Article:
Scratch the sales and marketing surface of most any Fortune 1000 company today and you are bound to uncover such well-known names as Siebel, Oracle and SAP—especially when it comes to customer relationship management (CRM) and sales force automation (SFA) software.
In fact, all three of these companies together control the lion’s share of the worldwide CRM and collaborative business market. SAP has been in the game since 1972 and presently claims 12 million users, 84,000 installations and 1,500 partners. Siebel is a relative newcomer to the field, boasting roughly 2.8 million users within more than 4,000 corporations.
The emergence of the Internet as a collaborative business platform, and the subsequent boom and bust of the dot.com era, however, paved the way for a range of new CRM and SFA alternatives that promised collaboration, data channeling, synchronization and quick access to vital customer information. Many of these new applications—such as Saleforce.com and Salesnet.com—avoided the traditional “shelfware” approach to software in favor of an on-demand, subscription-based model.
This pay-as-you-go approach clicked with many small and midsize businesses that didn’t have the IT resources or infrastructure of large organizations. This new wave of products also promised a few things the big boys just couldn’t deliver at the time, such as a higher level of personalization and customization and the ability to work with a variety of mobile devices. These were, after all, programs and platforms that were designed from the ground up for mobile workers and did not necessarily take a centralized approach to data channeling.
Demand for subscription-based software and applications is also picking up, driven by the belief that traditional licensing models are no longer viable and the low up-front costs associated with per-user subscription-based plans—which can provide an attractive entry point for small to midsize businesses, concluded IDC in a report issued in early 2004. IDC maintains that software subscription licensing will grow at a 16.6 percent compound annual rate from 2003 through 2008, eventually resulting in a $43 billion worldwide market.
Finally, there are also some movements afoot to change the entire model for on-demand software to concentrate less on the application and more on the data and content, channeling reformatted versions of this information through popular CRM programs and other mobile applications.
Searching for Sequential Solutions
Today, there is a wide range of CRM and SFA alternatives, which means prospective users have to do a little more homework when it comes to evaluating and selecting a platform that can not only meet current needs but painlessly grow to accommodate future requirements. They must also know the difference between limited solutions that simply mimic a business process and those that provide a much more detailed look at the sequence of events that make up that entire process. These events may start with a company’s order entry system, but they eventually impact inventory management, accounts payable, purchasing, scheduling and shipping. Effective solutions “will trigger actions and things to happen,” says an executive with a small CRM software company.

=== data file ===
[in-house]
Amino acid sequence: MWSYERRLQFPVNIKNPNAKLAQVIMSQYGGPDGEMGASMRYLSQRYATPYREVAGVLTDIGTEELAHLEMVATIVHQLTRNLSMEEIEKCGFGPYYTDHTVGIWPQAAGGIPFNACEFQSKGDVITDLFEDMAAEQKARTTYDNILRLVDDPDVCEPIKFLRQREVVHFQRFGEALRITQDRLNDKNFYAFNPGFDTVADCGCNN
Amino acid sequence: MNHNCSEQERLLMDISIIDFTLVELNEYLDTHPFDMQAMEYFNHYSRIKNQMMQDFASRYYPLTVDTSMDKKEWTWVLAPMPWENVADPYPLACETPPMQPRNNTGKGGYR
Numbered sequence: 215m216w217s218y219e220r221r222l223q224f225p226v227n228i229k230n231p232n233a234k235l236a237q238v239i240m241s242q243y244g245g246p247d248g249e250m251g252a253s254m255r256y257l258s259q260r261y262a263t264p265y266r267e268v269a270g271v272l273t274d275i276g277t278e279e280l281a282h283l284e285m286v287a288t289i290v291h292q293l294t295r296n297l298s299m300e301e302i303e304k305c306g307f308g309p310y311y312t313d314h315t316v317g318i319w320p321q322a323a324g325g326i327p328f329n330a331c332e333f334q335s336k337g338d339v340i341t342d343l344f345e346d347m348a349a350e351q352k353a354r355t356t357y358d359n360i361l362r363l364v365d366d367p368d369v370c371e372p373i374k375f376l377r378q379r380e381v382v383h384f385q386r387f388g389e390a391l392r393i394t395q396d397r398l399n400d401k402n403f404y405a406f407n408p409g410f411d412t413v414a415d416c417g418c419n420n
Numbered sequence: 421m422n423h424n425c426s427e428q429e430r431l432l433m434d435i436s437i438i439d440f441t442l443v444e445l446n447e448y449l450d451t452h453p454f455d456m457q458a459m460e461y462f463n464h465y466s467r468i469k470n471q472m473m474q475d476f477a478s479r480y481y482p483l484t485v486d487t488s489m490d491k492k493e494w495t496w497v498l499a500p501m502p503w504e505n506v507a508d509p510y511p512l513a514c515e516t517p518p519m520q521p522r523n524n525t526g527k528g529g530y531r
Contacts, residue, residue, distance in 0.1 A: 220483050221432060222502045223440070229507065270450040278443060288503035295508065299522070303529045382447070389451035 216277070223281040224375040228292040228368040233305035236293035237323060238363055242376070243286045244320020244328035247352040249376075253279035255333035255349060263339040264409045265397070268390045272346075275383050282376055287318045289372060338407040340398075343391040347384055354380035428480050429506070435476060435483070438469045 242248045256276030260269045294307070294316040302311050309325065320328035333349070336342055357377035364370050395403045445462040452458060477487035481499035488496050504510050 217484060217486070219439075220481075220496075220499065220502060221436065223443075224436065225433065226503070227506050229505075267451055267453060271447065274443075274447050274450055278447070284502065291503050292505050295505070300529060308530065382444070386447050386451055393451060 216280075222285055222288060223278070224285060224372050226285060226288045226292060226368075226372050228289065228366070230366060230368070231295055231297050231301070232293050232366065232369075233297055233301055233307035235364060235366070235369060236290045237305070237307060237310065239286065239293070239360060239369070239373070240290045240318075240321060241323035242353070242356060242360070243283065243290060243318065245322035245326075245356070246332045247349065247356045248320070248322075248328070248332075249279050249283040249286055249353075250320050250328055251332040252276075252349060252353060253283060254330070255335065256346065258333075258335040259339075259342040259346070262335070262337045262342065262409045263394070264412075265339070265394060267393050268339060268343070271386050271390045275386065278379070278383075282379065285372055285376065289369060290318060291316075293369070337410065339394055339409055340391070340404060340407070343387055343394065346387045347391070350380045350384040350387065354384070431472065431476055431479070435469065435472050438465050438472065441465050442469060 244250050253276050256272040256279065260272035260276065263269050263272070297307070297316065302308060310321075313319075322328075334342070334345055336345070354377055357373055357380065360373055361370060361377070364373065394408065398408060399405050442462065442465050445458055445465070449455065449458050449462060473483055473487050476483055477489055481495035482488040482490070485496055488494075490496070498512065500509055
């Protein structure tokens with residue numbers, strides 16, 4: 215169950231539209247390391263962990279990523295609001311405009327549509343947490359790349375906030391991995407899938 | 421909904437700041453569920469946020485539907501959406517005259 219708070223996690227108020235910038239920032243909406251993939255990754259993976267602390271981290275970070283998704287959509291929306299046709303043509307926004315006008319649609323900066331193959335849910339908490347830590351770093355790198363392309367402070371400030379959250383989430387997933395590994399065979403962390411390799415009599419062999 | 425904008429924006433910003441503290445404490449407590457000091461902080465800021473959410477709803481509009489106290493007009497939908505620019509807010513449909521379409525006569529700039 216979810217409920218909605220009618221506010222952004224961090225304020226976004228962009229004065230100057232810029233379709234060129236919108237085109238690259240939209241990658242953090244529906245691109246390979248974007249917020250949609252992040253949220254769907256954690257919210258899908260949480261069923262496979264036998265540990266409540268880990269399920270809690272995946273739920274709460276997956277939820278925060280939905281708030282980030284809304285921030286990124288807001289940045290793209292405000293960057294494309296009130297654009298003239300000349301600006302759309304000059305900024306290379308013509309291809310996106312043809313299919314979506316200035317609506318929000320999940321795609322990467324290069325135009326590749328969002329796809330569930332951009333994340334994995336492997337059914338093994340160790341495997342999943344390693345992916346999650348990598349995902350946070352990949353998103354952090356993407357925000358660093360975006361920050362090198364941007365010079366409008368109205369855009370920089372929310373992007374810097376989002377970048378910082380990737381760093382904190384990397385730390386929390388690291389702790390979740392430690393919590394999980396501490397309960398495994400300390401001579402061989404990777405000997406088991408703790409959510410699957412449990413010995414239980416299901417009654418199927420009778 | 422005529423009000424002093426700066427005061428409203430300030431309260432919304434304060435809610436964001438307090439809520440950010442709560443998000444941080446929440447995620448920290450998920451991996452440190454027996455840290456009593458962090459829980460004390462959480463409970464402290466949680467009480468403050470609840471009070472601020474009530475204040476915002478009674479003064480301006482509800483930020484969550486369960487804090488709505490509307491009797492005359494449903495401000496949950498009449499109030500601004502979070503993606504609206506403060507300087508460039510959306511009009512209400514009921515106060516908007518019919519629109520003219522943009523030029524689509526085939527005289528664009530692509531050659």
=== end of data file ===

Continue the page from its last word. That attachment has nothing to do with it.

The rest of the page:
Two of the top contenders in the subscription-based CRM market are Salesforce.com and SalesNet.com, both of which are specifically tailored for the mobile sales executive. Salesforce.com is perhaps the better known of the two because it has been around a little longer (it was founded in 1999) and was the first to pioneer the idea of on-demand, “democraticized” CRM applications. The company was founded by former Oracle executive Marc Benioff, who recognized the need to replace traditional enterprise software with a technology that could provide a wide range of CRM benefits to all sorts of companies for a relatively low cost, as compared with centralized systems.
To date, Saleforce.com claims to have 12,500 customers and 195,000 subscribers. One of the more recent to sign on is Staples, one of the world’s largest office products retailers, which plans to use the technology for managing and sharing contract sales information among 1,500 or so of its employees. The company will most likely make heavy use of Salesforce.com’s Contract Management module, which is closely integrated into other components of the software, including its sales force automation, marketing automation and document management modules.
SalesNet.com is the closest rival to Salesforce.com in terms of its basic application and operation. SalesNet differs, however, in that it seems to put more emphasis on achieving goals and measuring success against the competition. The company also looks at sales as both an art and a science and has structured many of its tracking and measurement modules to create an individual blueprint for each user-company’s success. This strategic blueprint can be based either on the selling capabilities of a company’s top performers or adapted from one of the many templates offered as part of the SalesNet package.
Finding the Right CRM Match
There are, of course, a number of lesser-known but capable alternatives in the highly active CRM space, many of which are designed to focus on one or two specific tasks rather than provide a smorgasbord of features. Included in the lineup are:
•Surado Systems: Offers a suite of software that is primarily designed to handle sales, marketing, customer service and customer support. Highlights of the products include a high degree of customization and the ability to be quickly integrated with third-party applications.